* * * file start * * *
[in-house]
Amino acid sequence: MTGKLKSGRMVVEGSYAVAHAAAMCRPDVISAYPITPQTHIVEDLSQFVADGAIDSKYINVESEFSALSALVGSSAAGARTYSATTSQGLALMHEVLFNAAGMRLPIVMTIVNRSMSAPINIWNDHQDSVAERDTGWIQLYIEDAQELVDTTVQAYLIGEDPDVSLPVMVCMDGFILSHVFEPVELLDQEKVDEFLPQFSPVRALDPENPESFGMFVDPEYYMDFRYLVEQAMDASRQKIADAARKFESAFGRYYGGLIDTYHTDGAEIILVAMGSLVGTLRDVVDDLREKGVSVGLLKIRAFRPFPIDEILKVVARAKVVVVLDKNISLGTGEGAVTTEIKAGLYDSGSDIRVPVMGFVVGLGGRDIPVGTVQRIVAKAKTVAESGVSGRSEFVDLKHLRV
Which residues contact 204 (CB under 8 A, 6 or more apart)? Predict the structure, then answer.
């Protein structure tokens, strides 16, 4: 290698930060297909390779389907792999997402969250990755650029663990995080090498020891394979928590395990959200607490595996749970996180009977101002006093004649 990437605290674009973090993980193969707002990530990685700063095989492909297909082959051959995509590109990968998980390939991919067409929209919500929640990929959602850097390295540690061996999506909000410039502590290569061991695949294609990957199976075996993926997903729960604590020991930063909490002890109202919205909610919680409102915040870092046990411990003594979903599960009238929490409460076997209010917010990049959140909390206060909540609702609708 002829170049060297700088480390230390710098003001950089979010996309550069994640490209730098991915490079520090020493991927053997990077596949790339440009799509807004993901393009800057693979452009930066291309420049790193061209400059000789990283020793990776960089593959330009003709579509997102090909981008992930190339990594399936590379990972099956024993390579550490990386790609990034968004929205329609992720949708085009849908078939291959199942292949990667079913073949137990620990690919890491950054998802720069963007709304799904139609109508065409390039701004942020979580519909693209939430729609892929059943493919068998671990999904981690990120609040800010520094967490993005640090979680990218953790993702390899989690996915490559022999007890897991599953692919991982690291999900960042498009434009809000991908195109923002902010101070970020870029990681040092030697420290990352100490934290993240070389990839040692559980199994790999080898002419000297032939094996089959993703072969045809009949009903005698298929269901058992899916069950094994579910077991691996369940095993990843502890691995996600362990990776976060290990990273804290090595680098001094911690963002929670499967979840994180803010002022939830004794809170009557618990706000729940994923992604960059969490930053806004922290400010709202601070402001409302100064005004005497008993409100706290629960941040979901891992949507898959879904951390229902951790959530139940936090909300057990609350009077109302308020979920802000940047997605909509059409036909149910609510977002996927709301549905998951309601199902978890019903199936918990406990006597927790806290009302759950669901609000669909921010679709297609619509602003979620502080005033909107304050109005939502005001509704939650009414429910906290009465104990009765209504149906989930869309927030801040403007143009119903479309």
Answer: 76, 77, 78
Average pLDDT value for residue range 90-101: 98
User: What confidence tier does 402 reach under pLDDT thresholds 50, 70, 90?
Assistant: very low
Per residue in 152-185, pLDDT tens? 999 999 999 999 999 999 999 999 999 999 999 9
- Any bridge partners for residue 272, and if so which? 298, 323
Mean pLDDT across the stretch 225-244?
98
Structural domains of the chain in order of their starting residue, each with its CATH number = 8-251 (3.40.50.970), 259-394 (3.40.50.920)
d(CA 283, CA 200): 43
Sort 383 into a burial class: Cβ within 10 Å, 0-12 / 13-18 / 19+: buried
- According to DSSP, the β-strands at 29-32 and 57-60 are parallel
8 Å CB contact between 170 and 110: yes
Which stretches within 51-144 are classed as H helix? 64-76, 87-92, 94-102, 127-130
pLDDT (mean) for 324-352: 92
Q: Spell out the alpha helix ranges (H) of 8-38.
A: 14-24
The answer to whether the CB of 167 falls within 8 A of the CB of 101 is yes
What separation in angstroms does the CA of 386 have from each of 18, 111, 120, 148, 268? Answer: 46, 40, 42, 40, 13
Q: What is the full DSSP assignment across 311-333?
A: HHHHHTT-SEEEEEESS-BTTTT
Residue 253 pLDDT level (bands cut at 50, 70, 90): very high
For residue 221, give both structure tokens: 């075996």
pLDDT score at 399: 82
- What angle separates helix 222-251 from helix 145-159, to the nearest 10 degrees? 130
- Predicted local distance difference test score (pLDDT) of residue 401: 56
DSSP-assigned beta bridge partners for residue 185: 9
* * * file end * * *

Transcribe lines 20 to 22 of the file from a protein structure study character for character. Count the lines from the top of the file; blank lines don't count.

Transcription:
Q: Spell out the alpha helix ranges (H) of 8-38.
A: 14-24
The answer to whether the CB of 167 falls within 8 A of the CB of 101 is yes